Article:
Over the last few days, not only Hindu community but a few other groups in Aotearoa, New Zealand, have been actively trying to ensure that the events that took place in Kashmir in 1990 are shown across New Zealand. The decision of classification change/and or banning the much acclaimed film The Kashmir Files in New Zealand is still sitting with the Classification Office. Hindu Organisations, Temples and Associations (HOTA) have taken an initiative to write a detailed letter to Censor Board and to the offices of the Prime Minister, the Minister of Internal Affairs, Chief Human Rights Commissioner, and Race Relations Commissioner.
The filmmaker, Vivek Ranjan Agnihotri, undertook extensive research to capture the real life experiences of Kashmiri Hindus, who were forced to flee the Valley three decades ago. It entailed interviewing over 700 Kashmiri Hindus over 3 years and sharing their experiences during that fateful time in the early 1990’s where all Hindus in Kashmir were forced to create new identities that aligned with the militants or were killed if they refused. Some reports place the number of this exodus and ethnic cleansing at 500,000. Several Kashmiri Hindus have subsequently made Aotearoa, New Zealand, their home.
According to Nitika Sharma, national Spokesperson of Hindu Council of New Zealand, the history of events that might be an uncomfortable discussion should not be swept under the carpet. “To move forward, heal and recover from any conflict, we need to provide victims with the means, medium and opportunities to share their stories,” she said. The film has been released in several countries including the US, Australia, the UK Kingdom, Canada, and of course India without any issues or reports of any violence following this movie. The Hindu community in New Zealand has been a peace-loving, law-abiding, and contributing community. They are also tolerant and well-integrated into the fabric of New Zealand. Hindus have always stood unitedly with other communities condemning all acts of violence and abuse. The film was classified as R16 and scheduled to release in New Zealand on March 24.
‘You have no locus standi to comment on Kashmir’
India warns China on its remarks on KashmirSoon after China dragged Kashmir issue at the Organisation of Islamic Conference in Pakistan, India has come up with stringent criticism. New Delhi told Beijing to refrain from commenting on internal matters.While speaking at the 48th meeting of the foreign ministers of the Organisation of Islamic Conference in Pakistan, Chinese Foreign Minister Wang Yi had stated that his country echoed similar views that other Islamic nations leaders have shared here on Kashmir. Interestingly, Wang Yi will be arriving in New Delhi on Thursday.On Kashmir, we have heard again today the calls of many of our Islamic friends. And China shares the same hope,” Wang Yi said.Countering Wang, India’s External Affairs Ministry said that matters related to the Union Territory of Jammu & Kashmir are entirely its internal affairs. MEA spokesperson Arindam Bagchi said that other countries, including China, have no locus standi to comment.He also stated that other countries should note that India refrains from a public judgement of their internal issues.Pakistan and OIC have always invoked Kashmir issues on different forums. On March 22, Pakistan Prime Minister Imran Khan lambasted the OIC leaders and said that the group is not being taken seriously on international platforms.Speaking about the OIC’s role, Khan said, “We have failed both the Palestinians and the people of Kashmir. I am sad to say that we have been able to make no impact at all.”“We (Muslims) are 1.5 billion people and yet our voice to stop this blatant injustice is insignificant,” he said. Even with regard to the withdrawal of Article 370 from Jammu & Kashmir, Imran said “nothing happened because they (India) feels no pressure.”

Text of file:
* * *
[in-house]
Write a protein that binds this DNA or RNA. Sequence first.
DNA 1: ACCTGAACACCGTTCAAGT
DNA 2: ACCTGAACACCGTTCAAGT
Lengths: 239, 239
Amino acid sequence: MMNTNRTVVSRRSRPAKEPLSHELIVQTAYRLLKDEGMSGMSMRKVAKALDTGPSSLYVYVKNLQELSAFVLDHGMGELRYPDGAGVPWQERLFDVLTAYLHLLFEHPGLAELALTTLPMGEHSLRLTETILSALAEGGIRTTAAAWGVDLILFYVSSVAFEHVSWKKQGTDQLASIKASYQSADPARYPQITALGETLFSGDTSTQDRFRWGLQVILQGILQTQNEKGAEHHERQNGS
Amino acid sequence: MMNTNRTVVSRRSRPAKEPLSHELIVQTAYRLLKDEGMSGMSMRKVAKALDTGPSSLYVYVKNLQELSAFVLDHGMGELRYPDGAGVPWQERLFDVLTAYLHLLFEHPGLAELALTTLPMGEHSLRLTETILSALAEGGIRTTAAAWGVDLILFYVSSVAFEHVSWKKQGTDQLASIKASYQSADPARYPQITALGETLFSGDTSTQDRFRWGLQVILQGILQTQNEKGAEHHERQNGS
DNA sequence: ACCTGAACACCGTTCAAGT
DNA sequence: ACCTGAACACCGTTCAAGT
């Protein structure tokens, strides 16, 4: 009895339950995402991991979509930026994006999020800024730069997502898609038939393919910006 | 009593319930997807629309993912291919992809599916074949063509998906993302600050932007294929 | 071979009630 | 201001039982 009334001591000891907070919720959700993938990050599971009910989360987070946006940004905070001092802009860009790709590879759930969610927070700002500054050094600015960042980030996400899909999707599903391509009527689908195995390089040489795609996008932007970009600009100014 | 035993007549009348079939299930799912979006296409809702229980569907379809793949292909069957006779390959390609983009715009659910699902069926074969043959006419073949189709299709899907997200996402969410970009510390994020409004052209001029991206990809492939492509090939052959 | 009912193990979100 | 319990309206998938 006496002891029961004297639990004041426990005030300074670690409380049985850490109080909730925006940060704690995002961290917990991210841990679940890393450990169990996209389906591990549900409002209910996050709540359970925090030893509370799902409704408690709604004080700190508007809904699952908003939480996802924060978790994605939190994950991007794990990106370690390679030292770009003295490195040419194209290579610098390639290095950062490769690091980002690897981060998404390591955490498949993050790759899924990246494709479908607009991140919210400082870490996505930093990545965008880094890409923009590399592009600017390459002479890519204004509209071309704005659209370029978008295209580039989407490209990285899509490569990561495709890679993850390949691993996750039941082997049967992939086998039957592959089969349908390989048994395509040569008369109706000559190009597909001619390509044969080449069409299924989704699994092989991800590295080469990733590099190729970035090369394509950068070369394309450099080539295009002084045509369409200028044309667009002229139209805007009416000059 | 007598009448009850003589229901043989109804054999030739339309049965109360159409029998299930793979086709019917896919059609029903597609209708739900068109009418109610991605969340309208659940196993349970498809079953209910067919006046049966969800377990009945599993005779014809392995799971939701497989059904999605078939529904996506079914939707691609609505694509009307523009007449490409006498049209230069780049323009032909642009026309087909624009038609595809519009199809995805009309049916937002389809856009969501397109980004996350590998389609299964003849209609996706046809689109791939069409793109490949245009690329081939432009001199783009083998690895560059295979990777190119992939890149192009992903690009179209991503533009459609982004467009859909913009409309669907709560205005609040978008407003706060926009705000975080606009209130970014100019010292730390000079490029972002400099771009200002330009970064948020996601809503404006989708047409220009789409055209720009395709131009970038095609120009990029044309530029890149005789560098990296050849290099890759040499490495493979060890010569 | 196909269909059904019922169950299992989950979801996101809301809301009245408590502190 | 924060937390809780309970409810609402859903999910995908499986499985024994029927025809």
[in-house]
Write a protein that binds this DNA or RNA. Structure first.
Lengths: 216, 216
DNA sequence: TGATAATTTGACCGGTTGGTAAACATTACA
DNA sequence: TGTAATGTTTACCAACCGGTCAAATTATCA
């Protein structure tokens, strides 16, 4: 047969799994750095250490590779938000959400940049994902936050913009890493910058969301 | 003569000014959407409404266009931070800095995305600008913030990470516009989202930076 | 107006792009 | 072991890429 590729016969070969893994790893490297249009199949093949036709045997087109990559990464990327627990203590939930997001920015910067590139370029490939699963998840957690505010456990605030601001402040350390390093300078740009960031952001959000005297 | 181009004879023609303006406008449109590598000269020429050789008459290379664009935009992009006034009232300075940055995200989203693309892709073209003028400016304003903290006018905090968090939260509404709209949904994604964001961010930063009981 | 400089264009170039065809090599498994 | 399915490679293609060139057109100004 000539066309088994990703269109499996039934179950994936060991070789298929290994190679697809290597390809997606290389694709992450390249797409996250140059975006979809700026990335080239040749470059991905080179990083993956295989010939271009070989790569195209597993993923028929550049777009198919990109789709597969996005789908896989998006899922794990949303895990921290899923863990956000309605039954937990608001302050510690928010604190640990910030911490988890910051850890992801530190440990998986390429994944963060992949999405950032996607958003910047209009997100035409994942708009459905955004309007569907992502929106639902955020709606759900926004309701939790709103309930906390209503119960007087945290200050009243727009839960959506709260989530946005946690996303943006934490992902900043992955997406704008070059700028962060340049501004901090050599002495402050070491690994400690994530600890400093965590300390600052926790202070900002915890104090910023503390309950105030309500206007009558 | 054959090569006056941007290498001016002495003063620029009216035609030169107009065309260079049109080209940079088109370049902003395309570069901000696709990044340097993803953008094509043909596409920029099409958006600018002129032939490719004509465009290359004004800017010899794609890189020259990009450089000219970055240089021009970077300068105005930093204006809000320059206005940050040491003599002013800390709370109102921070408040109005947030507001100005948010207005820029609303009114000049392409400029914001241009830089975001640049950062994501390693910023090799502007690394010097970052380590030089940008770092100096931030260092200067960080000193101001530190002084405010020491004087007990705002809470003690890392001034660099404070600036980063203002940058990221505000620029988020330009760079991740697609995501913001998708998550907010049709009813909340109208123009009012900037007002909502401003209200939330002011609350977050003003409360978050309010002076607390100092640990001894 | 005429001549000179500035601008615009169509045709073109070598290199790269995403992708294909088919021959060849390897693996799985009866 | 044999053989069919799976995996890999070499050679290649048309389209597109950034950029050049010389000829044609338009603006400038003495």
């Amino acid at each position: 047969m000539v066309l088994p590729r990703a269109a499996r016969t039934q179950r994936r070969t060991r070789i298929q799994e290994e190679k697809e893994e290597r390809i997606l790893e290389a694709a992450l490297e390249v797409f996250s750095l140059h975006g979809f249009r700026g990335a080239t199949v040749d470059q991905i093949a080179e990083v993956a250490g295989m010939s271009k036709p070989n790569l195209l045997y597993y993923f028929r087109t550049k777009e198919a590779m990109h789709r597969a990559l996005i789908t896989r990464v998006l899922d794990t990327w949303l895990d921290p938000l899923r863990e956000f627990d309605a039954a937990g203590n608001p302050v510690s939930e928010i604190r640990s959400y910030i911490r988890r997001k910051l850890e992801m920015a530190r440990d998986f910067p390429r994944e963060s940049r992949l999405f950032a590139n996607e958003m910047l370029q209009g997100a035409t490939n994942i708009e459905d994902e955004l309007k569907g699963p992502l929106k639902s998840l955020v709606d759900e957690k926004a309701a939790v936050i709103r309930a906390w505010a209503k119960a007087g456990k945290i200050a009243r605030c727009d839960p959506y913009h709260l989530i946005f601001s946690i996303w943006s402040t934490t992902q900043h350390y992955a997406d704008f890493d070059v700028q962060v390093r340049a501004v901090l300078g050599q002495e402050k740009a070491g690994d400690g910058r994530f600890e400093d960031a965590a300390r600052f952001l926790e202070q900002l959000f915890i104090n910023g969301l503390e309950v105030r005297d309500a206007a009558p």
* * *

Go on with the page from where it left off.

“We have placed the highest respect into the hands of the esteemed democratic offices of the nation. As such, we respected the Classification Office and their decision of a R16 film to be released in the country. The Classification Office has long upheld their role with discernment and responsibility,” said Nitika Sharma
New Zealand has long held a track record for righting historic offenses and ensuring that the rights of those who have suffered in the past are protected. Kashmiri Hindus, too have long suffered. Their stories have been silenced for over 30 years. No victims should have to suffer this long in silence. As such, any move to ban the film from being shown in New Zealand will be denying Kashmiri Hindus a part of their history and their right to share their story. Senior political leaders of New Zealand, including National, ACT and New Zealand First, have been supporting the film’s release. “Those uncomfortable yet courageous conversations would also need to find a place in our society to enable the persecuted to have a voice,” said Vinod Kumar, President of HCNZ. “We request all communities to respect each other’s right to have their plights being shared. We request everyone to remain calm and allow those who do want to watch the film do so peacefully and safely once the decision is made by the Chief Censor,” added Vinod Kumar.
If there are concerns, the film could be reclassified to RP18 (restricted to persons 18 years and over unless accompanied by a Parent/Guardian) and released in cinemas.